Invisibility cloaking goes thermodynamic
Feb 22, 2012 4 comments
Researchers in France have shown how to isolate or "cloak" objects from sources of heat – a breakthrough that could help cool down electronic devices and thereby pave the way towards more powerful computers. They also show how the same technique could be used to concentrate heat, which might prove useful in advanced solar technologies.
Invisibility cloaks are based on the mathematics of transformation optics – bending light such that it propagates round a space, rather than through it – and were proposed by John Pendry of Imperial College in London and Ulf Leonhardt of the University of St Andrews in 2006. Now, Sebastien Guenneau of the University of Aix-Marseille and colleagues at the French national research council (CNRS) wondered whether a similar thing could be done with heat. While intuitively, it might seem unlikely that the same mathematics could be applied to thermal diffusion, given that heat does not propagate as a wave but simply diffuses; the researchers found that the transformed equation worked.
To devise the specific transformations for a thermal invisibility cloak, they considered the heat from a hot object flowing from the left to the right in two dimensions, with the intensity of the heat flux through any region in space represented by the distance between "isotherms" – lines of constant temperature in that region. The more closely spaced the isotherms, the higher is the intensity of the flux. The researchers then transformed the geometry of these isotherms so that they went around rather than through a circular region that is to the right of the heat source, meaning that any object placed in this region would now be shielded from the heat flow.
The invisibility cloak that is needed to achieve this transformation would be a 2D ring built up from many concentric layers of varying diffusivity – a property that reveals how quickly a material conducts heat relative to its heat capacity per unit volume. In their calculations, the researchers modelled a cloak with an inner radius of 200 µm and an outer radius of 300 µm, and then calculated the change in heat flow around the cloak on the order of milliseconds. Because these are the kinds of distances and times relevant to the operation of microelectronic devices such as transistors, the researchers believe that this kind of cloak could be used to protect such devices from unwanted temperature gradients.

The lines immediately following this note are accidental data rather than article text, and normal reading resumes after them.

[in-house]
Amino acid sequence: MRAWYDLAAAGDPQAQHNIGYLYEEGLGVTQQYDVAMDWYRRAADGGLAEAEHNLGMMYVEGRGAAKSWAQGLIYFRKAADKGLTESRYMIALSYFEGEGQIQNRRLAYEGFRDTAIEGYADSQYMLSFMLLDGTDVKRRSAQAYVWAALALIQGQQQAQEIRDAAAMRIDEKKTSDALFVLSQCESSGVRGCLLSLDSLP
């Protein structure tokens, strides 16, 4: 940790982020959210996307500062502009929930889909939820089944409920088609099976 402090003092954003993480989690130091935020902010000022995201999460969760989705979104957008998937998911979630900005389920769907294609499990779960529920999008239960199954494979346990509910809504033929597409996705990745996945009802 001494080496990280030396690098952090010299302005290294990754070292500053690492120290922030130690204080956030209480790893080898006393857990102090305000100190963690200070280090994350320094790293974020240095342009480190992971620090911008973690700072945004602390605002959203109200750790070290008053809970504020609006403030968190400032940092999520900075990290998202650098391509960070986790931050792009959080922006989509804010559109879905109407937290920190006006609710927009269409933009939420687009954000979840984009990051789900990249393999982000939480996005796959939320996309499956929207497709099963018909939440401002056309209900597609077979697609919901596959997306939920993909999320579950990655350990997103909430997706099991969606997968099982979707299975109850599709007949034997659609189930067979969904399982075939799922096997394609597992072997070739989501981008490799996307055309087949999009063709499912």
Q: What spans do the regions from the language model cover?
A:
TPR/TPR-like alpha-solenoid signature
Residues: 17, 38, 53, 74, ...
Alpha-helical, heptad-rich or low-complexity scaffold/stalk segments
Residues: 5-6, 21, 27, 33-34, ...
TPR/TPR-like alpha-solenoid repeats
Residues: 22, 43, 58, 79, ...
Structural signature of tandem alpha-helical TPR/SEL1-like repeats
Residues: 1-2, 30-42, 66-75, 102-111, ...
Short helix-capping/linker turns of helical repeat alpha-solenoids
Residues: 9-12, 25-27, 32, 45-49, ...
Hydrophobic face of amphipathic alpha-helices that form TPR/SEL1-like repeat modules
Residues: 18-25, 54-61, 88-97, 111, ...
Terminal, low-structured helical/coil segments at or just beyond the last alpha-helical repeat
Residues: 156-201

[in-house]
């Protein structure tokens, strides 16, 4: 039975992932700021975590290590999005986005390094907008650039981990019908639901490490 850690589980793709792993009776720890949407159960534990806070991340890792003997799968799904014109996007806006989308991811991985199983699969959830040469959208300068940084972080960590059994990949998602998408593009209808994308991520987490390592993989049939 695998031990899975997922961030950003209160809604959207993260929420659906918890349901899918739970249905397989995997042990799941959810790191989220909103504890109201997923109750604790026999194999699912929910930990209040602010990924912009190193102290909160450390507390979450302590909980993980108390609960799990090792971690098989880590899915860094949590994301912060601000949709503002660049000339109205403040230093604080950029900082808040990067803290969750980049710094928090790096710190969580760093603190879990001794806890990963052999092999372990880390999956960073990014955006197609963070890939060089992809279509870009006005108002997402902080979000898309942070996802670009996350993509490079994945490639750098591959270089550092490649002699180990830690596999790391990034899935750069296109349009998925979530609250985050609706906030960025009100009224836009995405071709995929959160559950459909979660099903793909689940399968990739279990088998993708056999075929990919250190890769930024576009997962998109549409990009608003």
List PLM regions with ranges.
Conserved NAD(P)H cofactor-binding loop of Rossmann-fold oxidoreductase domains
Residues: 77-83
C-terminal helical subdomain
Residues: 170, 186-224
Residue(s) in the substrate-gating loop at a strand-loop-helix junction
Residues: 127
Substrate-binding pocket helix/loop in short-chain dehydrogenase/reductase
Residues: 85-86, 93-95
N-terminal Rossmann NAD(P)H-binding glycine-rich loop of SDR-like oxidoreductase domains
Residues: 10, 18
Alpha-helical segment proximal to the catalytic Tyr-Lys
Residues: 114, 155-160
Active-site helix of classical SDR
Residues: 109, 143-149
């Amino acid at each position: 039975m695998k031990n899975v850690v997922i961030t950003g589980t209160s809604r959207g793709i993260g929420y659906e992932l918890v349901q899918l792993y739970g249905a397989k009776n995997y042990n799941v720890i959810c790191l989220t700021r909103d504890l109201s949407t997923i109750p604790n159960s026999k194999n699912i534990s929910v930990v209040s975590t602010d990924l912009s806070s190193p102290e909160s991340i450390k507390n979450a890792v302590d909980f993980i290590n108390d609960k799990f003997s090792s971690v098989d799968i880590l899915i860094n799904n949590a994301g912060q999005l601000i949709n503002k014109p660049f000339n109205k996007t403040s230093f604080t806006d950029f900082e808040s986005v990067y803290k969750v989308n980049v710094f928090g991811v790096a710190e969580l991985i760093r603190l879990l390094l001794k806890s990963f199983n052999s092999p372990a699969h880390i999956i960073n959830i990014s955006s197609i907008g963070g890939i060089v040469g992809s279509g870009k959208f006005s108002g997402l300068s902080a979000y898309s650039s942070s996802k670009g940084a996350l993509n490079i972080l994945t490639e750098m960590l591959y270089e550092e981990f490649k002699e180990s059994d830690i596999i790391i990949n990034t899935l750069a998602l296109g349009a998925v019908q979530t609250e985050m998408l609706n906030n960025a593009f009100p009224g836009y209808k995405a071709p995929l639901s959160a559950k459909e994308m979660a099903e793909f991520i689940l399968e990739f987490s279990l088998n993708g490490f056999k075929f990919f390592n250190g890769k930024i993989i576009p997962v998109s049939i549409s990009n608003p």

At larger scales another possible application, says Guenneau, is shielding objects from thermal-imaging cameras. Warm objects such as humans or vehicles can be seen at night using infrared imagers because their black-body spectra peak in the infrared. Putting such an object inside the kind of invisibility cloak devised by the French group would mean isolating it thermally from the outside and therefore concealing any temperature difference between it and the local environment, making the technology of particular interest to the military.
Designing a heat concentrator, on the other hand, which follows from an earlier proposal by Pendry to build concentrators for light, involves calculating the transformation that can divert the isotherms into a central region, rather than away from it. Such concentration of heat into a small space could prove useful in solar energy, says Guenneau, because it could improve the heat exchangers used for instance in concentrated solar-energy systems.
Guenneau and co-workers are now collaborating with scientists at the University of Lille, France, to build these actual devices, in what they hope will be within a matter of months. As Guenneau explains, it ought to be far easier to build a thermal rather than an electromagnetic cloak because the broad range of diffusivities needed to bend the path of heat such that it almost completely bypasses an object can be found in nature. On the other hand, electromagnetic cloaking relies on the fabrication of completely artificial materials made up of extremely small and complex structures.
The 20 concentric layers that make up both the cloak and concentrator will have to be made from a few different materials with various diffusivities, such as metal (which, being a conductor, is highly diffusive) and polymer (which is weakly diffusive). Testing the devices will then involve placing them next to a 500-µm-long resistor and imaging the resulting distribution of heat flux using a thermal camera. If these tests all go to plan, says Guenneau, the step after that would be to make 3D devices.
Other researchers agree that the cloak and concentrator designed by the French group could in principle be built. Tomas Tyc of Masaryk University in the Czech Republic says that their works benefit from a "rigorous adaptation of the method of transformation optics to the diffusion equation". Pendry, meanwhile, says that possible applications might include "Heat sinks that grab excess heat produced by a device, channel it away from sensitive areas and safely dump it into a heat bath."
The research is to be published in an Optical Society of America journal.
About the author
Edwin Cartlidge is a science writer based in Rome